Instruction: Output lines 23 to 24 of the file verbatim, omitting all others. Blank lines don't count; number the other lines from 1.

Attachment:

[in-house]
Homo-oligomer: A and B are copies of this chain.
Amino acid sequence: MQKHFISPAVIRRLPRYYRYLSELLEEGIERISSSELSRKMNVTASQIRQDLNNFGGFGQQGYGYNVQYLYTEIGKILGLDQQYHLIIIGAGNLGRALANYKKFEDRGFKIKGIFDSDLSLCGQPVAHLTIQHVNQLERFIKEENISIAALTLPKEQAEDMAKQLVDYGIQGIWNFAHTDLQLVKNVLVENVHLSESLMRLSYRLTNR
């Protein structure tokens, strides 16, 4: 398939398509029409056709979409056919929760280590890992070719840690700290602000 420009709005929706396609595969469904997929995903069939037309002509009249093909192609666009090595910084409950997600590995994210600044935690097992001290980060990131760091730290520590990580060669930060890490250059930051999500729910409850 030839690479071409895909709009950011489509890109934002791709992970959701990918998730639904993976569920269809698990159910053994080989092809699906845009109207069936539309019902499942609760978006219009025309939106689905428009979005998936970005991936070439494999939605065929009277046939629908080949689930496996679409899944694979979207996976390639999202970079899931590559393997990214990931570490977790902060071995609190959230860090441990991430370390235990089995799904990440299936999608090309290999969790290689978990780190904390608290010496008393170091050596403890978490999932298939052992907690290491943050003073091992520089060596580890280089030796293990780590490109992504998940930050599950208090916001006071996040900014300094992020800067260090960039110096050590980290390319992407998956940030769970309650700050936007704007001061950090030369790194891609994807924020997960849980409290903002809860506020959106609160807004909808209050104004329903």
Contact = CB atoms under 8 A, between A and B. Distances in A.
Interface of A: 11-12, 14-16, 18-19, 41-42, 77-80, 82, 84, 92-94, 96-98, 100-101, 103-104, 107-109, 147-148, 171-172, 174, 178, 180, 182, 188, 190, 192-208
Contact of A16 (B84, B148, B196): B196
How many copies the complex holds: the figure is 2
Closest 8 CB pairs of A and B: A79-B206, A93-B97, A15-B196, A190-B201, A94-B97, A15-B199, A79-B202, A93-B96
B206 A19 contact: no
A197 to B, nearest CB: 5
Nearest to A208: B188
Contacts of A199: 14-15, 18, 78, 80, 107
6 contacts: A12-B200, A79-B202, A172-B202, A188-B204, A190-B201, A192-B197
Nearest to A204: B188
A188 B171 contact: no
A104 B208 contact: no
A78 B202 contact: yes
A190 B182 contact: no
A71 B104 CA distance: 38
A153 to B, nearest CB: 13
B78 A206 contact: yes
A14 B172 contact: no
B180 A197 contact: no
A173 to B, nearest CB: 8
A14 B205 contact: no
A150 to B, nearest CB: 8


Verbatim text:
A14 B172 contact: no
B180 A197 contact: no